Section V

Ground-Penetrating Radar Case Histories

Although probably not employed quite to the extent of soil electrical conductivity measurement methods, such as resistivity and electromagnetic induction, there have been a substantial number of agricultural applications found for ground-penetrating radar (GPR). An historical perspective on the use of GPR for agricultural purposes and a description of the method can be found in Chapters 1, 3 and 7. Section V includes case histories describing just a few GPR agricultural applications.

One important recent development has been use of GPR to map the soil volumetric water content. Spatial maps of soil water content can be valuable for assessing soil drainage conditions and scheduling irrigation events. The Chapter 23, 24, and 25 case histories cover several aspects regarding the use of GPR to measure the volumetric water content in soil. GPR has also been used in agricultural settings (including golf courses) to delineate various subsurface features. The case histories in Chapters 26, 27, 28, and 29 provide examples for employing GPR to acquire information on subsurface features such as the orientation of preferential water flow pathways, soil layer depths and thicknesses, and the locations of buried drainage pipes. Plant root biomass determination using GPR is a fairly new area of investigation having significant implications for forestry along with planting, harvesting, and yield mapping of root crops like potatoes and sugar beets. The last case history in Chapter 30 is focused on GPR root biomass determination within forest environments. As indicated by the Section V case histories, there are certainly a variety of potential agricultural GPR applications, and there are many more GPR uses that could not be included in this section due to book length considerations.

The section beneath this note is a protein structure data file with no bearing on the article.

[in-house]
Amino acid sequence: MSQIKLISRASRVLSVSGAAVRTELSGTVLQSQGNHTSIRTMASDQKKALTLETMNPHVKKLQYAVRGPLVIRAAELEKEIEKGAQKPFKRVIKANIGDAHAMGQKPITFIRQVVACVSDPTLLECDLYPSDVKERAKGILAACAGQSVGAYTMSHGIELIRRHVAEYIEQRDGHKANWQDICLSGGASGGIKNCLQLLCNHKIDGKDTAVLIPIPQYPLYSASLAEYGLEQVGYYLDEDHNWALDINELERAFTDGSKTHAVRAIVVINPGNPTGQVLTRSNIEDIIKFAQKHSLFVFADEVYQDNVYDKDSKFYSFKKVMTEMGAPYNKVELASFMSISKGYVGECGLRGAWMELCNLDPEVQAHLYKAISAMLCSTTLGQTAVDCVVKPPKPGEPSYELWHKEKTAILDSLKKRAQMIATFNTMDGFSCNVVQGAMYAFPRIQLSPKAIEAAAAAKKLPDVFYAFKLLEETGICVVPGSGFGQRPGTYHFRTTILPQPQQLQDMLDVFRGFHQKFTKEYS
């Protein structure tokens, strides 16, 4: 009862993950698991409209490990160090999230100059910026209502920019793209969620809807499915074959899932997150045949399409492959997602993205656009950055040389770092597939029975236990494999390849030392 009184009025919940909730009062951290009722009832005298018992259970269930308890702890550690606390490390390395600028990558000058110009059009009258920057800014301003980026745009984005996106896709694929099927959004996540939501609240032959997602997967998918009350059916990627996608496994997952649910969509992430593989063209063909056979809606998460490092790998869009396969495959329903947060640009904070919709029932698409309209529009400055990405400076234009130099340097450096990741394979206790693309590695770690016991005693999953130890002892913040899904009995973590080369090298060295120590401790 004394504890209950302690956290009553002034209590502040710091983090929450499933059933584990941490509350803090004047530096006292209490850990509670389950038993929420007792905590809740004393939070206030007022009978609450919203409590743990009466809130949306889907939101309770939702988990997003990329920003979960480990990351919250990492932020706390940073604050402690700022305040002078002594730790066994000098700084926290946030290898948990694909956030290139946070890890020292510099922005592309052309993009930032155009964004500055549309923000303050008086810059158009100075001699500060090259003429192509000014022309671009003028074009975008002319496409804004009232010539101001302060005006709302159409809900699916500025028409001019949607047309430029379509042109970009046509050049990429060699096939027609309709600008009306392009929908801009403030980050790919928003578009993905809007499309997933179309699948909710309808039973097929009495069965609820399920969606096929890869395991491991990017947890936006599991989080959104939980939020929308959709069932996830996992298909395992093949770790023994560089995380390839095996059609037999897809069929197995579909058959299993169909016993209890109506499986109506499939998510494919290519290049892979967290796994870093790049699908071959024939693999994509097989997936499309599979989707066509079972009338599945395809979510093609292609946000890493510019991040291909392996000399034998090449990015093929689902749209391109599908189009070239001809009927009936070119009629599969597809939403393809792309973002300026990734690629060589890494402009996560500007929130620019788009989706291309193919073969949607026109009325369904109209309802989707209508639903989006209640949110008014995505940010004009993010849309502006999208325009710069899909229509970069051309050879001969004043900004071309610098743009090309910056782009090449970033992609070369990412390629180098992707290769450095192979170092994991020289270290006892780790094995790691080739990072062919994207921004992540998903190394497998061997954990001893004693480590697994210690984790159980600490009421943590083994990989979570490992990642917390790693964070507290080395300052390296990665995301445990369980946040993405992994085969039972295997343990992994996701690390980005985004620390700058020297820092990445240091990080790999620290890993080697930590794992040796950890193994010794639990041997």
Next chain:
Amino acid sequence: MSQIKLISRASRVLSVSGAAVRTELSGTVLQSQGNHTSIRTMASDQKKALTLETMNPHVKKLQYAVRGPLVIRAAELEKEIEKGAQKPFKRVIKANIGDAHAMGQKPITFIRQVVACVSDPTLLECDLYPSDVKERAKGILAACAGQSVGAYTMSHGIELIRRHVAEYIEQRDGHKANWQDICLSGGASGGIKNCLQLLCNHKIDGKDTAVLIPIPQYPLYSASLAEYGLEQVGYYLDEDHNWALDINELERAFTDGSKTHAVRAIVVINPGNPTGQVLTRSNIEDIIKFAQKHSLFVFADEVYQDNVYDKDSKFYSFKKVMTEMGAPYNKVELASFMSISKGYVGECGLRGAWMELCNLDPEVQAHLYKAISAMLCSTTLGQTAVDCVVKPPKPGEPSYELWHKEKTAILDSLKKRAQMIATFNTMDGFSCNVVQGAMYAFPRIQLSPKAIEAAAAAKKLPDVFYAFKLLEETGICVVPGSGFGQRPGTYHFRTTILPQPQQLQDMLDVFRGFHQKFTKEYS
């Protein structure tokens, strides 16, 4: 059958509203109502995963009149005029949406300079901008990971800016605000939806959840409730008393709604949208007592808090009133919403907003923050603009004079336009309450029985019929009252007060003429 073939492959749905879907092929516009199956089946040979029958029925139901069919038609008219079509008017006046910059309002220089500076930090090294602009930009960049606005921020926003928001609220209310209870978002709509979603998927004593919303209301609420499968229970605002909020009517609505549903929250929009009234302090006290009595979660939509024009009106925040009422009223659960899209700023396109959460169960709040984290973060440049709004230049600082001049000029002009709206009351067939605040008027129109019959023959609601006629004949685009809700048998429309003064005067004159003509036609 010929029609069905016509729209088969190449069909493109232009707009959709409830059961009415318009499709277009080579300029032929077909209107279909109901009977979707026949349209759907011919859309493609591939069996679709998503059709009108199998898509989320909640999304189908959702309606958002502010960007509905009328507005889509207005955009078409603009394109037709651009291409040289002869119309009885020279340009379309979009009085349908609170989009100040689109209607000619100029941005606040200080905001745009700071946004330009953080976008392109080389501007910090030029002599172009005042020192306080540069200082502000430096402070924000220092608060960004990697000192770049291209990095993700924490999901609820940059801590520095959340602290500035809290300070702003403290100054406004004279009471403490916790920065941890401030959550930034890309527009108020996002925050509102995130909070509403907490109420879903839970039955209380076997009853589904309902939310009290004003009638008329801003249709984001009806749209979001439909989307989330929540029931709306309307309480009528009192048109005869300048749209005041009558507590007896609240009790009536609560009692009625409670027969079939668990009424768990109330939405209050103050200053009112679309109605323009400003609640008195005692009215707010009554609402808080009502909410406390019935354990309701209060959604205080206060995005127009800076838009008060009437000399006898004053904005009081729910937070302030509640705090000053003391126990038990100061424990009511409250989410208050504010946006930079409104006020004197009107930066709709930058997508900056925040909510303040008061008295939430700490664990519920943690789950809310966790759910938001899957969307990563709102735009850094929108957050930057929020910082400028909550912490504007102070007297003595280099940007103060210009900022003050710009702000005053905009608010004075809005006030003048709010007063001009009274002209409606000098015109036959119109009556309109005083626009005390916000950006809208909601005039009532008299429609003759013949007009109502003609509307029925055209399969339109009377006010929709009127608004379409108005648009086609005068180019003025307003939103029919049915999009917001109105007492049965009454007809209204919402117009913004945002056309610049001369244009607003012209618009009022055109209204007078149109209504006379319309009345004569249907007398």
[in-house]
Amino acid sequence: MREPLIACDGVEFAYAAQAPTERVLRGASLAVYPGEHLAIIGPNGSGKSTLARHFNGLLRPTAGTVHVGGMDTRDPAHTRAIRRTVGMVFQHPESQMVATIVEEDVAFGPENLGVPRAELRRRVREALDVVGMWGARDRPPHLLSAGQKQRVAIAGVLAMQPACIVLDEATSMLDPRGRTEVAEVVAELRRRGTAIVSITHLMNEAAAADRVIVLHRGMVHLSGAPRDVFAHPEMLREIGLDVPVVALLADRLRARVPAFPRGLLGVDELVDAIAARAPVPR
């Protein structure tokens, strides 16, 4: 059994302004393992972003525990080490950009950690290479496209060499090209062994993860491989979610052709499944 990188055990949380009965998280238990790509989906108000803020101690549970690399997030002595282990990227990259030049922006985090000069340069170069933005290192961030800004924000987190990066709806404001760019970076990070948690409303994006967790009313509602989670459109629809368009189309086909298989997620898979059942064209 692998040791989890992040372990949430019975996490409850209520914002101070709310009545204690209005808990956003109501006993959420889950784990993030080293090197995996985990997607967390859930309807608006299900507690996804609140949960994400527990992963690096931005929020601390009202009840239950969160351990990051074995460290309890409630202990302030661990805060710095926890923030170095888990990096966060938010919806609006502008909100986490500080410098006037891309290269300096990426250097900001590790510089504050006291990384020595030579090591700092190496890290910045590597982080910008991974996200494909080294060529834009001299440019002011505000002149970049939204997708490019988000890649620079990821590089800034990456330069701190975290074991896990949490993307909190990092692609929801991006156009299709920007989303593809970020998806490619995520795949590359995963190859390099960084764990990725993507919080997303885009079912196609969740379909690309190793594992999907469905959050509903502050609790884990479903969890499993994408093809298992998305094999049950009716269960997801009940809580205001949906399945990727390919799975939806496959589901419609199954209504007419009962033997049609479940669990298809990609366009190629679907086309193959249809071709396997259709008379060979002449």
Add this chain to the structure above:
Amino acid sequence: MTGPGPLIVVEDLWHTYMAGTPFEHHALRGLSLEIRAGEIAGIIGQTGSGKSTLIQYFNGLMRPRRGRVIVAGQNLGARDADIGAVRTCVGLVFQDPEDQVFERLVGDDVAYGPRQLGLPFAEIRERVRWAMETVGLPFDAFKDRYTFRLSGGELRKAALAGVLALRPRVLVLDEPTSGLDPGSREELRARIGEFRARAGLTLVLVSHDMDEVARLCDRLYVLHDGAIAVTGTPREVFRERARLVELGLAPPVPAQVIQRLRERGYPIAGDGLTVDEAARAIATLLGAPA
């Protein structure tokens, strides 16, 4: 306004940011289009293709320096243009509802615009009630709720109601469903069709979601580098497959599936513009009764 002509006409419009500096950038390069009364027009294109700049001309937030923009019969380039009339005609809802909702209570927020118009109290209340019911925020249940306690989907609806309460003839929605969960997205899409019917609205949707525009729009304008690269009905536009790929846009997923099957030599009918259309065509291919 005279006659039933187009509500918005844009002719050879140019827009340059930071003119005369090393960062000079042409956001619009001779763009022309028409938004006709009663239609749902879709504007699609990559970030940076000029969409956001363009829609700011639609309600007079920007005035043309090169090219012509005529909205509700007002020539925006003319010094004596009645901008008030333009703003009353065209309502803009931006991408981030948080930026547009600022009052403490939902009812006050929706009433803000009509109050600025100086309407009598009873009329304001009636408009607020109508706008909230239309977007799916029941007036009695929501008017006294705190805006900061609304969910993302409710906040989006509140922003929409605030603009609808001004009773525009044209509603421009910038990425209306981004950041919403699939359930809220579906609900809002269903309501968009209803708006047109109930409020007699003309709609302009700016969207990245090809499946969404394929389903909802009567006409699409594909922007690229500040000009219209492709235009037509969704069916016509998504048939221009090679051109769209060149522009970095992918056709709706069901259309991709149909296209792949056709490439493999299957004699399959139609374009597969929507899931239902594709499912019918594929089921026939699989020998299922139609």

GPR Surveys across a Prototype Surface Barrier to Determine Temporal and Spatial Variations in Soil Moisture Content

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